Why Soldiers Miss War

Essays on the Journey Home

Nolan Peterson

What is it about war that soldiers miss? War correspondent Peterson explores this topic from the perspective of both a combatant and a witness in this moving book.
Publication date:
November 2019
Publisher :
Casemate Publishers
Illustration :
26 b/w images
Format Available     Quantity Price
ISBN : 9781612007731

Dimensions : 229 X 152 mm
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• First person accounts of war
• Adventure stories
• Covers veteran issues - including PTSD

Ask most combat veterans to name the worst experience of their lives, and they'll probably tell you it was war. But confusingly, if you ask them to choose the best experience of their life, they'll usually say it was war, too. This is nearly impossible for someone who has not been in war to understand. Contrary to the steady stream of Wounded Warrior Foundation commercials on TV, combat veterans are not broken, and they are not victims. Pitying them belittles their experiences and misrepresents the challenges they face after military life. Combat veterans have experienced a spectrum of emotions whose breadth supersedes by a number you cannot imagine the emotional fluctuations of civilian life. That's why it's hard to care about normal things when you come back. Ask a combat veteran about this, it's a common feeling.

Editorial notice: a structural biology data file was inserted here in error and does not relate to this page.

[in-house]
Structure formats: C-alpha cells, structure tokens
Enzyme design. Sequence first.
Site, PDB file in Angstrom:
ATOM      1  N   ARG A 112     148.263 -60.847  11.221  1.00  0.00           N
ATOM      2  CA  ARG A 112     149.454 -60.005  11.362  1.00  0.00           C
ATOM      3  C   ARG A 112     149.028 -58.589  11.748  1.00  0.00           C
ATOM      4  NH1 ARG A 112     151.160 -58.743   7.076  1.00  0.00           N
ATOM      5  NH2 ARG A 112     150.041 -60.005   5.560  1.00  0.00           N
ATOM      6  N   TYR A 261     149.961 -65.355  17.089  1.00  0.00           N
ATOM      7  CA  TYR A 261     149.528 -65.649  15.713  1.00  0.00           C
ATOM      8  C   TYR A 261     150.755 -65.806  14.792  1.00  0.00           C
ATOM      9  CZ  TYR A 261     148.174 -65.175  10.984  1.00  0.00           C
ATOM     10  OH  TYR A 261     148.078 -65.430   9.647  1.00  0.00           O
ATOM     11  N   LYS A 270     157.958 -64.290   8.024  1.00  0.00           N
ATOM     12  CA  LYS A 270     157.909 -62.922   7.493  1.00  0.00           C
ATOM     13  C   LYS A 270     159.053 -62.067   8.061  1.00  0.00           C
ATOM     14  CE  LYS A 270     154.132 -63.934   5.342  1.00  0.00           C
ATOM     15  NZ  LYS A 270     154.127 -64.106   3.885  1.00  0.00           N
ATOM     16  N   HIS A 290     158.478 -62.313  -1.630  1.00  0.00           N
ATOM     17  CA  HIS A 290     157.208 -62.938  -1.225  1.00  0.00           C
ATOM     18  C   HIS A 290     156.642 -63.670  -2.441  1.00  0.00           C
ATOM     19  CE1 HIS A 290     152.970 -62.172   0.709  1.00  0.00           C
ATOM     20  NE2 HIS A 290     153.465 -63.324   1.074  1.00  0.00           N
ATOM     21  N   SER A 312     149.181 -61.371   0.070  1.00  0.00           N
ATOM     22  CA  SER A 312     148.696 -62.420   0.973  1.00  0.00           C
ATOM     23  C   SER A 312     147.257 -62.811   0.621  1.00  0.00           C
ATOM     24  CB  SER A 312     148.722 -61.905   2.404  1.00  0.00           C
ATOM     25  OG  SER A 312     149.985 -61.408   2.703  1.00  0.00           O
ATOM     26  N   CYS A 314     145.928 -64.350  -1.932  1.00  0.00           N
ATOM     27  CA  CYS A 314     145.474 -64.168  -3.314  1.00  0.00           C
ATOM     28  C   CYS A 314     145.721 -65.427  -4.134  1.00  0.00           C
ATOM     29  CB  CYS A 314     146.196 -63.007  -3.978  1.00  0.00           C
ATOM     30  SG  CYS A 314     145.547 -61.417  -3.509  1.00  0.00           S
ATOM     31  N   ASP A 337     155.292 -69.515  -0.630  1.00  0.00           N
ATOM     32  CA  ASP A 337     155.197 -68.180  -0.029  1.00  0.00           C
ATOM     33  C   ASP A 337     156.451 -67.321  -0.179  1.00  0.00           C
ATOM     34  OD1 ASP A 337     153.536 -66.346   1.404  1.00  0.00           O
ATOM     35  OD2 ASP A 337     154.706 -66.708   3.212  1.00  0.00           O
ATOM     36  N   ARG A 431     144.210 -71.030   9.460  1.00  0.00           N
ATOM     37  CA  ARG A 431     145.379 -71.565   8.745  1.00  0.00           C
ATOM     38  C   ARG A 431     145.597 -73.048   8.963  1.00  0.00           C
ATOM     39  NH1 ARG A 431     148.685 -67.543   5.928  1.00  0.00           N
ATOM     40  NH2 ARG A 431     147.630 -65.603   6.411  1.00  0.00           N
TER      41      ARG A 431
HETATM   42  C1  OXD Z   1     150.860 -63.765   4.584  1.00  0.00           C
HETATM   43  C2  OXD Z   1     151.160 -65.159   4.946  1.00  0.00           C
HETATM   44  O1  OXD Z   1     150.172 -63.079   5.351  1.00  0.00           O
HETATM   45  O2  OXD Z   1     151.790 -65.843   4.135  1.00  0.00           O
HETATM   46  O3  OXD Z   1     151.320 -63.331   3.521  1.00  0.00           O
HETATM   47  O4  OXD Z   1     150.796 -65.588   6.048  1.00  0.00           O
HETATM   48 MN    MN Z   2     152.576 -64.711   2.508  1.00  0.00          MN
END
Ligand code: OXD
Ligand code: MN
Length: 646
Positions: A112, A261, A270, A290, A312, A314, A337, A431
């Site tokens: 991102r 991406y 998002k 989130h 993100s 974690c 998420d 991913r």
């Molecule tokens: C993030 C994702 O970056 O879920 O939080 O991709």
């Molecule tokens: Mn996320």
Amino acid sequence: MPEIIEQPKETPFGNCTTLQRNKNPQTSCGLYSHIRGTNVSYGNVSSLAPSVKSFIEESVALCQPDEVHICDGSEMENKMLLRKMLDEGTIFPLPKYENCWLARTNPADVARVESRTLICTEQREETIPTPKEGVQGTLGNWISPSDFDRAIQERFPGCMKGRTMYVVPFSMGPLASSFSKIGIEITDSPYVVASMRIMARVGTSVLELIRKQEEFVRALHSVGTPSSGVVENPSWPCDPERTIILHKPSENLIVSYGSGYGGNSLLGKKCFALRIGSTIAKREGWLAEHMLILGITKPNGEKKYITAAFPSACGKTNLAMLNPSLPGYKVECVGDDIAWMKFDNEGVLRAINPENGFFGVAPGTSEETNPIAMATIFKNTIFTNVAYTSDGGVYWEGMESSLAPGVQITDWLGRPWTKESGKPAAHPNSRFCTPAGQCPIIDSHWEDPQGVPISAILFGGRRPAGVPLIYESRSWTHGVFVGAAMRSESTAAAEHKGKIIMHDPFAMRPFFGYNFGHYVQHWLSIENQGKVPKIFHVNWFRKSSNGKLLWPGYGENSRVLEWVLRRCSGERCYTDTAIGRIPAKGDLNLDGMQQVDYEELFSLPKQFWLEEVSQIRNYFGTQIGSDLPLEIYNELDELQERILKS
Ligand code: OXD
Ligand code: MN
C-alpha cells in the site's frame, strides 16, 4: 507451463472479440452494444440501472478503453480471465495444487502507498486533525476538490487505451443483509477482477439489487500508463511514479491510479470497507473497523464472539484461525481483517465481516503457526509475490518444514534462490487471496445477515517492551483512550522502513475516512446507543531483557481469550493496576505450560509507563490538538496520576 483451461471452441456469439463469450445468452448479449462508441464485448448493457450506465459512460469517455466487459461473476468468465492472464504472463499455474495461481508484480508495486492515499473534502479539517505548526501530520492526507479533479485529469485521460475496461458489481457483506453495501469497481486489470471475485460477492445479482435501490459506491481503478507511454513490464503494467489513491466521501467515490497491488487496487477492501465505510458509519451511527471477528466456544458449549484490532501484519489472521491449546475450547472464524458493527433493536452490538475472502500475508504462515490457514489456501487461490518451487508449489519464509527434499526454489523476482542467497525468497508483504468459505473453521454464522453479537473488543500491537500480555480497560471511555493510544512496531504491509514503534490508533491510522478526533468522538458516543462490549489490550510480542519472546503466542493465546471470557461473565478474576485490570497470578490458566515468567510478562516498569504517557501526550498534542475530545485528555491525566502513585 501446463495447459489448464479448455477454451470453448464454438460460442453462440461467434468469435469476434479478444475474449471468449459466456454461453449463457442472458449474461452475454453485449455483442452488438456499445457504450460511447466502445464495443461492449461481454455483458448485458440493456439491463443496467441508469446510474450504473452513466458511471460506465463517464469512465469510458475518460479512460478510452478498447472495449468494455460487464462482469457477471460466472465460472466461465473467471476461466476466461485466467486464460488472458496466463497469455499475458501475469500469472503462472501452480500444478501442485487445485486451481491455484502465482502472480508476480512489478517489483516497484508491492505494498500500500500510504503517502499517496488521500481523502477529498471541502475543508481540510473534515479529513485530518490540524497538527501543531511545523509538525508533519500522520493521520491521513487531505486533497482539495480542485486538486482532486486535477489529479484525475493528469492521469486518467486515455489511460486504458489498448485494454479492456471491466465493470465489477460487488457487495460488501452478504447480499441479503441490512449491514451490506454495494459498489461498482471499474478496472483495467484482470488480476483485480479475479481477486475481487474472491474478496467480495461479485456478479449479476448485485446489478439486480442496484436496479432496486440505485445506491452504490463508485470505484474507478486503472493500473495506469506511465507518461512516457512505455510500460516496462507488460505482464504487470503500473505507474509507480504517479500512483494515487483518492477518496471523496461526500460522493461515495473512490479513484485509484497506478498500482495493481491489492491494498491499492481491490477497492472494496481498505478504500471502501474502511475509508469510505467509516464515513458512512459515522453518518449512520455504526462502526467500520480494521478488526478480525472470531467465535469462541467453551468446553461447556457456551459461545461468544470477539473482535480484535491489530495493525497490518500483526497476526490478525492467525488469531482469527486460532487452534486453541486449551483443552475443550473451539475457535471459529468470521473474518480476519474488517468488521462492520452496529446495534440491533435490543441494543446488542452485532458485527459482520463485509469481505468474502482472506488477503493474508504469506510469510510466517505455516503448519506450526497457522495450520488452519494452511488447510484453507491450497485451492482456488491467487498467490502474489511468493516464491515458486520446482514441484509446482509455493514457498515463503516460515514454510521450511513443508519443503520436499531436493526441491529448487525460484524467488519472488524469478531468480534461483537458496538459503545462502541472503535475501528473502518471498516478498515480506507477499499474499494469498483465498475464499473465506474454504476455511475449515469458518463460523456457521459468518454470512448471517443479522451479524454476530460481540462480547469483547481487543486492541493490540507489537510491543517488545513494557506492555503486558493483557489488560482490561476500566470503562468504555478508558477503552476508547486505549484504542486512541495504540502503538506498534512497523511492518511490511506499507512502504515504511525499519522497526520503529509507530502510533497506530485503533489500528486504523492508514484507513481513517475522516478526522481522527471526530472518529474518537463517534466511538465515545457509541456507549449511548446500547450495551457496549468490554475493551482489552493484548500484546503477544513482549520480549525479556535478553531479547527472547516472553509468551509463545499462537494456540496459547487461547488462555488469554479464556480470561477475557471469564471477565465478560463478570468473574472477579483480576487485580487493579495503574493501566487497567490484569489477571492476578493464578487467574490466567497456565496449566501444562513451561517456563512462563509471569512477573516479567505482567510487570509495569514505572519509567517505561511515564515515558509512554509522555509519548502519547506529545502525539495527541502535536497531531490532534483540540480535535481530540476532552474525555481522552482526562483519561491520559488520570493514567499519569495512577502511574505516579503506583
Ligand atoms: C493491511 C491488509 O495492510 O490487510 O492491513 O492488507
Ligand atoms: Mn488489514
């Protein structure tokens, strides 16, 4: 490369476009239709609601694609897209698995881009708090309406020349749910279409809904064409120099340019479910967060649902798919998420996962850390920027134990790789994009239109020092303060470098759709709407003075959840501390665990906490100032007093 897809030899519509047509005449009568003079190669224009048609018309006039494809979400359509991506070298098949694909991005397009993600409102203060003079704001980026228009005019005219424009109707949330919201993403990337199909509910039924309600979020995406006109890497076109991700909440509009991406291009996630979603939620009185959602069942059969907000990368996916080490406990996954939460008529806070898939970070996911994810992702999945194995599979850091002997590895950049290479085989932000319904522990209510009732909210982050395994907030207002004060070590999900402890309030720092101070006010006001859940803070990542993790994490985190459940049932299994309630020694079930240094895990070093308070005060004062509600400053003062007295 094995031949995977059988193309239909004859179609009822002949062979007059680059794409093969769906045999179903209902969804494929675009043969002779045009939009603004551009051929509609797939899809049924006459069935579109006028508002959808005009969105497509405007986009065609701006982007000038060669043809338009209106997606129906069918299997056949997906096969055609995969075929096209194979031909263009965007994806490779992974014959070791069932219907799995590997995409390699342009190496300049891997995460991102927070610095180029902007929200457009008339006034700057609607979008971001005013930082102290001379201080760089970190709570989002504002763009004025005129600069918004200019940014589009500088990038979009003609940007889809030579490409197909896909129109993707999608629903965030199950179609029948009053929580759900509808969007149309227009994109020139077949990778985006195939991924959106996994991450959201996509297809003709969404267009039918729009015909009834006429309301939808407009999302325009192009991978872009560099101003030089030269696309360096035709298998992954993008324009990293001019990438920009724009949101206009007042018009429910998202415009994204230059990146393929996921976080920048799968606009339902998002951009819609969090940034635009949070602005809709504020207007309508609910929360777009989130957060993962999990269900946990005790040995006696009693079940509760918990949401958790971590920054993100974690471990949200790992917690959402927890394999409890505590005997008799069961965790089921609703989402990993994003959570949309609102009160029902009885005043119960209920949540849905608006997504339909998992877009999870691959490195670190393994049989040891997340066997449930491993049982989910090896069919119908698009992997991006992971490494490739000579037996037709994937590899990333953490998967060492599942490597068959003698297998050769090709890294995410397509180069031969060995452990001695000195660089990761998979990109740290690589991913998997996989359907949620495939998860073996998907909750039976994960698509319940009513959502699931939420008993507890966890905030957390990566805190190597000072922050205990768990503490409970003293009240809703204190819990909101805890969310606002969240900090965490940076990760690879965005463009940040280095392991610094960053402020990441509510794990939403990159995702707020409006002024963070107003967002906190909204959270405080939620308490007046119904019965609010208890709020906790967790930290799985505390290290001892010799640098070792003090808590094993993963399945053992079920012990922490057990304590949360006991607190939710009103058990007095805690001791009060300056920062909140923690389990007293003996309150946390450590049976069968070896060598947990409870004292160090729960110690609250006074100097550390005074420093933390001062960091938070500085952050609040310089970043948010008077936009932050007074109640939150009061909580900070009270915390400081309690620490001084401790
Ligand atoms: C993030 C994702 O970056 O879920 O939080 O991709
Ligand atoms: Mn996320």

What is it about war that soldiers miss? This is a question that every civilian should try to understand. This is a moving and insightful book, weaving stories from the flight deck of a U.S. aircraft carrier off Syria to climbing a forbidden Himalayan pass into Tibet to explain one of the most everlasting of human pursuits - war. It's also about coming home and confronting another kind of struggle, which we all share - the search for happiness.

In this collection, Peterson writes of war from the perspective of both a combatant and a witness, taking the reader from combat missions over Afghanistan as an Air Force special operations pilot to the front lines against ISIS in Iraq, and the trenches and tank battles of the war in Ukraine. Interweaving his front-line reports with a narrative about his own transformation from a combat pilot to a war journalist, Peterson explores a timeless paradox - why does coming home from war feel like such a disappointment?